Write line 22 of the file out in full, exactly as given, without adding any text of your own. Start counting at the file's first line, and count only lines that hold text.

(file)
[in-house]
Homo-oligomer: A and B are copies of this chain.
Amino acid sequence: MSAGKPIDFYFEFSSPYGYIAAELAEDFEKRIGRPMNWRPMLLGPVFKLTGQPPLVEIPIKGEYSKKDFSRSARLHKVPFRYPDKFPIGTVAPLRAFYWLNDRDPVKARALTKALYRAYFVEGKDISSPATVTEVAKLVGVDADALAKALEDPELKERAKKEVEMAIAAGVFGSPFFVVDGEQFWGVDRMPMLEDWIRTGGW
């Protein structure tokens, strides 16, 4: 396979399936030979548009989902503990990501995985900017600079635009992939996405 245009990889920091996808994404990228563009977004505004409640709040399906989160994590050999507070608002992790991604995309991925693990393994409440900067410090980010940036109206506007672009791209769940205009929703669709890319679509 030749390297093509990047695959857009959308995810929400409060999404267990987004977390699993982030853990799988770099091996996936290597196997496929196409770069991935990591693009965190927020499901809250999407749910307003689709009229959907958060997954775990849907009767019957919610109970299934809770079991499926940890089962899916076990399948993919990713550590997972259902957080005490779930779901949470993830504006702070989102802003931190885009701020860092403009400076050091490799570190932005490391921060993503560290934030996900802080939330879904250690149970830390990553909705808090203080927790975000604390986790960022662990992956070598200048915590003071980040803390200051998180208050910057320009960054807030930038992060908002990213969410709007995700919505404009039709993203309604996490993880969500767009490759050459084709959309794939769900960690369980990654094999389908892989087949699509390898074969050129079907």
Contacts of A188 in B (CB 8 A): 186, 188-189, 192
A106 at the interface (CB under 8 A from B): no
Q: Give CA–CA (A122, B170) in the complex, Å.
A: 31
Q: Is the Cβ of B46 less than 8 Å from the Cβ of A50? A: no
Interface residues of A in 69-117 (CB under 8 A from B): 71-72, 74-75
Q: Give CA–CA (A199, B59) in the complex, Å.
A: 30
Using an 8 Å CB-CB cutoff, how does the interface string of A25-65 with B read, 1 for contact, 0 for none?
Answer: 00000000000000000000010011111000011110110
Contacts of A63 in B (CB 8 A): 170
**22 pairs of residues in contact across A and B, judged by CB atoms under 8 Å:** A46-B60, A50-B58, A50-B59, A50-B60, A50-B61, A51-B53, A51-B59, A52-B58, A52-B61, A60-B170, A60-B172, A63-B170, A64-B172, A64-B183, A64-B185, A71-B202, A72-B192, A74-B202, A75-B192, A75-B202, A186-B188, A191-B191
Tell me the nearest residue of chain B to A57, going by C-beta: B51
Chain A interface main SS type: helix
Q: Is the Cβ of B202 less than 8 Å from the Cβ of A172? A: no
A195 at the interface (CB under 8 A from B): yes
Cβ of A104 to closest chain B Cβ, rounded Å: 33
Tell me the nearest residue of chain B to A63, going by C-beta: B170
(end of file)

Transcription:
Tell me the nearest residue of chain B to A63, going by C-beta: B170